Research Data Management
Realities of Research Data Management
The Realities of Research Data Management is a series of four reports looking at the context, influences, and choices research universities face in building or acquiring RDM capacity. The findings are derived from detailed case studies by OCLC researchers of four research universities: the University of Edinburgh (UK), the University of Illinois at Urbana-Champaign (US), Monash University (Australia), and Wageningen University & Research (the Netherlands). In addition to the report series, the research resulted in a webinar series and planning guides institutions can use to begin or continue their involvement in research data management.
The Secret Life of Data (SLO-data)
In January 2016, The Alexandria Archive Institute launched a three-year project funded by a Research and Development grant from the National Endowment for the Humanities (#PR-234235-16). The project involves a longitudinal study of practices of creation, management, and reuse of archaeological data drawn from three geographical areas (Africa, Europe, and South America) to investigate data quality and modeling requirements for re-use by a larger research community.
The Secret Life of Data (SLO-data) project will improve the quality of information collected during archaeological excavations across the globe, preserve this information, and share it with the public. Outcomes include exemplary open datasets, an expansion of Open Context’s data publishing services, and online educational modules. The project team includes researchers at Stanford University, OCLC Research, the University of Michigan, and the Institute for Field Research.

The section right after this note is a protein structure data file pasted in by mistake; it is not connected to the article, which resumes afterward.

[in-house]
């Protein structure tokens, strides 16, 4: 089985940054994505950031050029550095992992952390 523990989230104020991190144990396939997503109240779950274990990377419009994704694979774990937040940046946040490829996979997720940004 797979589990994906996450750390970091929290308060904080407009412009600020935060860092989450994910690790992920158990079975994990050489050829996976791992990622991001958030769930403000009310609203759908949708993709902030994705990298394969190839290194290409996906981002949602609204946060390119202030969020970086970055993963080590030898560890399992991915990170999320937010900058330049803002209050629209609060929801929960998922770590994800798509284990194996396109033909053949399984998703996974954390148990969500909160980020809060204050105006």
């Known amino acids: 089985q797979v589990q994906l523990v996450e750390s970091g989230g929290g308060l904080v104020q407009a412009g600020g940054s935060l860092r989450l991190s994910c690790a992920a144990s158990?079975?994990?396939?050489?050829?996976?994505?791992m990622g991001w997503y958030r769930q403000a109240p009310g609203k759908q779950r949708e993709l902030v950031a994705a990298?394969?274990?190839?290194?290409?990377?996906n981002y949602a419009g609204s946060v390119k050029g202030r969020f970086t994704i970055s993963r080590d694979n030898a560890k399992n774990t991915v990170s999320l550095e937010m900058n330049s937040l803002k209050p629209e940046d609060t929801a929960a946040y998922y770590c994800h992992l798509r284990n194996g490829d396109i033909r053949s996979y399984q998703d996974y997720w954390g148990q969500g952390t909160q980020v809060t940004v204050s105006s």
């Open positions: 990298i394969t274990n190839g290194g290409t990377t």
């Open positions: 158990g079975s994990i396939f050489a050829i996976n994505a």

Dissemination Information Packages for Information Reuse (DIPIR)
DIPIR is a joint, IMLS-funded project with the University of Michigan. Together with partners at the Inter-university Consortium for Political and Social Research, the University of Michigan Museum of Zoology, and Open Context, the team is studying data reuse in three academic disciplines to identify how contextual information about the data that supports reuse can best be created and preserved. The project focuses on research data produced and used by quantitative social scientists, archaeologists, and zoologists.
The intended audiences for this project are researchers who reuse data and the digital curators, digital repository managers, data center staff, and others who collect, manage, and store digital information. Knowledge gained from the study will help guide current and future international practices for curating and preserving digital research data.
E-Research and Data: Opportunities for Library Engagement
With the increase in e-Research, federal funding agency mandates and policies, and the SHared Research Ecosystem (SHARE) initiative, academic libraries have begun to envision new ways to better serve their campus communities' need for the management, curation, and preservation of research data. Many believe that librarians are uniquely suited to support scholars throughout the entire research cycle—from the inception of the research through the dissemination of the results. Some academic libraries have begun to create and offer such research data services. The aim of this project is to examine early responses to opportunities for library engagement that can serve to inform practical and effective approaches within the larger academic community.
A three-part set of resources, which includes webinars and guides, to support planning and decision making at institutions considering and developing RDM services. View the Planning Guide.